Identifying patterns is like learning how to float a little bit above the mud of sense-making. It reminds us of an old saying: “Before studying zen, men are men and mountains are mountains. During your studies, things get confused. After studying zen, men are men and mountains are mountains.” What is the difference? No difference! Only, the feet are two inches above the floor.
You’re not any different from the newcomers: it’s simply that you can choose where to place your feet.
Produce Good Public Interfaces
Hosts invite, participate, and make public.
It is the final step which is most critical. As outlined above, crafting good public interfaces requires that you are the one who spends the most time in those functional spaces, making sense with other people. This is because building good public interfaces requires that you are aware of the latest ideas and trends and that you are capable of combining those with more mature patterns already identified through longer-term use by known actors in the community.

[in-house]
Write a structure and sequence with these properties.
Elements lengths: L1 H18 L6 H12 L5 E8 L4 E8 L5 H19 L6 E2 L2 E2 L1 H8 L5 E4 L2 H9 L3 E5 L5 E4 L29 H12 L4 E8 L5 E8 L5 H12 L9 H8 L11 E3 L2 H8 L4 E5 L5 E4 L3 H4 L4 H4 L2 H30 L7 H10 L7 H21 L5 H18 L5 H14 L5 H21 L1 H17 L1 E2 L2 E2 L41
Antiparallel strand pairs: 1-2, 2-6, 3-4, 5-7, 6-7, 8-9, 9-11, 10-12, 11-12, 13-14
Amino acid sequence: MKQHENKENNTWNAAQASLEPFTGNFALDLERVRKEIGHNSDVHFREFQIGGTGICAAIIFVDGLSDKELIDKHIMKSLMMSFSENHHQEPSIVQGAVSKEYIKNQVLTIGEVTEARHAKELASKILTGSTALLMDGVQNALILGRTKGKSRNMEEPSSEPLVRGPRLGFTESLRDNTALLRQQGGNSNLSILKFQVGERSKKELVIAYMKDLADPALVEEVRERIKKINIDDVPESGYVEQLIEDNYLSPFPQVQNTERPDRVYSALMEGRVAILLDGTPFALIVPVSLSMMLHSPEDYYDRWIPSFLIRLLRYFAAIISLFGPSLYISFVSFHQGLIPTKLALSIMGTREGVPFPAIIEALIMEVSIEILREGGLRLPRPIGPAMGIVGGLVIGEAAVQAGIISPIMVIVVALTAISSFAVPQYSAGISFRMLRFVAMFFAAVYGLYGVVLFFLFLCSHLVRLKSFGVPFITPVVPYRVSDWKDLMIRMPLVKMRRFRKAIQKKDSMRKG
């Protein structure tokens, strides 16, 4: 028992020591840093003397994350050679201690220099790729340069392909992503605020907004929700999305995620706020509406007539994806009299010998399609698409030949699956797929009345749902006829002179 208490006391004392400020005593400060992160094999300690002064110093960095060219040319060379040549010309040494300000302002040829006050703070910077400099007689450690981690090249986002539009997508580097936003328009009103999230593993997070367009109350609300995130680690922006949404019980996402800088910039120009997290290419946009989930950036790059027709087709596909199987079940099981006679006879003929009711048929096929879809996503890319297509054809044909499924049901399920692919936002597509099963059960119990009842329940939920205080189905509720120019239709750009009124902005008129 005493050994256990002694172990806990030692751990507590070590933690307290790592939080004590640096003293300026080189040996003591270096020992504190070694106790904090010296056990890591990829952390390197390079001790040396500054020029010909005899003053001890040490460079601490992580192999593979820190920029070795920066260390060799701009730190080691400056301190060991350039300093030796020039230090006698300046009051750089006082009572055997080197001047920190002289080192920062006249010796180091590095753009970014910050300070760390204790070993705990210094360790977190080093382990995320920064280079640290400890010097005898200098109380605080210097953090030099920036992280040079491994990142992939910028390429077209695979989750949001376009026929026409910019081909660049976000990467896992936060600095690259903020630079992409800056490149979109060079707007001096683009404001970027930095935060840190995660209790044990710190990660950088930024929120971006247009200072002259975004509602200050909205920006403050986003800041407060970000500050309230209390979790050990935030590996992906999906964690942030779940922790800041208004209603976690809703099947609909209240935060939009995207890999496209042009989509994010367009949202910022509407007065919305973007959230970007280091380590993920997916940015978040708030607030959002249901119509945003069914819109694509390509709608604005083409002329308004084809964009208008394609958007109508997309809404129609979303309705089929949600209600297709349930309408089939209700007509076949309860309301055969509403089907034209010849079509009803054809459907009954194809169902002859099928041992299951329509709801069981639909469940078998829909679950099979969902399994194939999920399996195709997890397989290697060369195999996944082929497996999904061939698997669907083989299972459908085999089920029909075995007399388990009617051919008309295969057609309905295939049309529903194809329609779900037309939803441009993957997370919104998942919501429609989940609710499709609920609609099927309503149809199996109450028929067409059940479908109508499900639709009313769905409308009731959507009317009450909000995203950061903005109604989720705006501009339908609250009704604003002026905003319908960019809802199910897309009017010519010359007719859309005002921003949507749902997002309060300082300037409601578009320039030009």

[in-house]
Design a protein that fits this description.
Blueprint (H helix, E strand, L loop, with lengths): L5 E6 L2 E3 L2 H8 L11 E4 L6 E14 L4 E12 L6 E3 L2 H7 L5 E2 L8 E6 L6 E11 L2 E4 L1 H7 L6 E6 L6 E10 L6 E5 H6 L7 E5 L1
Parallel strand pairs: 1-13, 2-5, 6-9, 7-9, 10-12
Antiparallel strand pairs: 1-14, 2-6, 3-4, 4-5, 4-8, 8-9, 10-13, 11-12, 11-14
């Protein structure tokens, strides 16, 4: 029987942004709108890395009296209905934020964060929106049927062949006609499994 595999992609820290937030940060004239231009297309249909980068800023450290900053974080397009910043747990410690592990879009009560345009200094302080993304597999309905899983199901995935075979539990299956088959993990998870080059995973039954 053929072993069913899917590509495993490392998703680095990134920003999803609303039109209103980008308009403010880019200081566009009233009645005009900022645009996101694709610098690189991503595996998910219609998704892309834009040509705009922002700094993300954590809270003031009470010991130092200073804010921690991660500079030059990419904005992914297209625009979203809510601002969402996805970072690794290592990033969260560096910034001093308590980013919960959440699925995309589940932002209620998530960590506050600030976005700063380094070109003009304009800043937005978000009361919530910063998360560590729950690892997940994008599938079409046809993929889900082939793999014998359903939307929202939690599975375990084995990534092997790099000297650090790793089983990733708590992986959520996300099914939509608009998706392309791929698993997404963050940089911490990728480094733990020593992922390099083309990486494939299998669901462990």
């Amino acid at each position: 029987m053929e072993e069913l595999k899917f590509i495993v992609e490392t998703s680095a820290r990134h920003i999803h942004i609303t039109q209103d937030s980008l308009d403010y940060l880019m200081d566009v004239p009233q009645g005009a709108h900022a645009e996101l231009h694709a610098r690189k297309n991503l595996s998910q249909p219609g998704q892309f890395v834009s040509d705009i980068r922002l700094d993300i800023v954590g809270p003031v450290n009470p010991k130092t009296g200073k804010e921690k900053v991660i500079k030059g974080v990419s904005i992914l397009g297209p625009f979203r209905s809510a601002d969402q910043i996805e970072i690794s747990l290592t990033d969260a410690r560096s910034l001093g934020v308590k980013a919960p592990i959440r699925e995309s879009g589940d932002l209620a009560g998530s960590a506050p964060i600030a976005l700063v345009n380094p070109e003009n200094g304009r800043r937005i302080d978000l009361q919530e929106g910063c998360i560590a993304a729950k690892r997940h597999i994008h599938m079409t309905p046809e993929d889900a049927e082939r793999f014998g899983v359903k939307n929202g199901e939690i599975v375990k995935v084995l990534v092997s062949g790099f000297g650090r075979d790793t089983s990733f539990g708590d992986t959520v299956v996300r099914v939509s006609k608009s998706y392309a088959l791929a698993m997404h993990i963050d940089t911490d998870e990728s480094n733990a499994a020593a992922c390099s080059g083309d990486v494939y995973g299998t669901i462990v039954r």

Moreover, building public interfaces is a forcing function that puts you in direct contact with people who are not yet hosted by any one, event, or space associated with your network. When leadership is about this kind of work, it both keeps you current and it encourages you to pass on the role regularly. It is deeply engaging work, and it is therefore also very demanding. You will not want to do it forever, and that is by design.
You do not get to be top of the ladder. If anything, you are the back of the loop from your organisation’s perspective, working in public with patterns and trends identified by people you know, which have been pulled from the work of those you have recently invited to play in functional spaces.
This way, we do not create knowledge hierarchies, but community gardens. The garden is a wonderful place: able to respond contextually to each season as a result of the care we garden with. It is no mistake that it bridges both noun and verb form.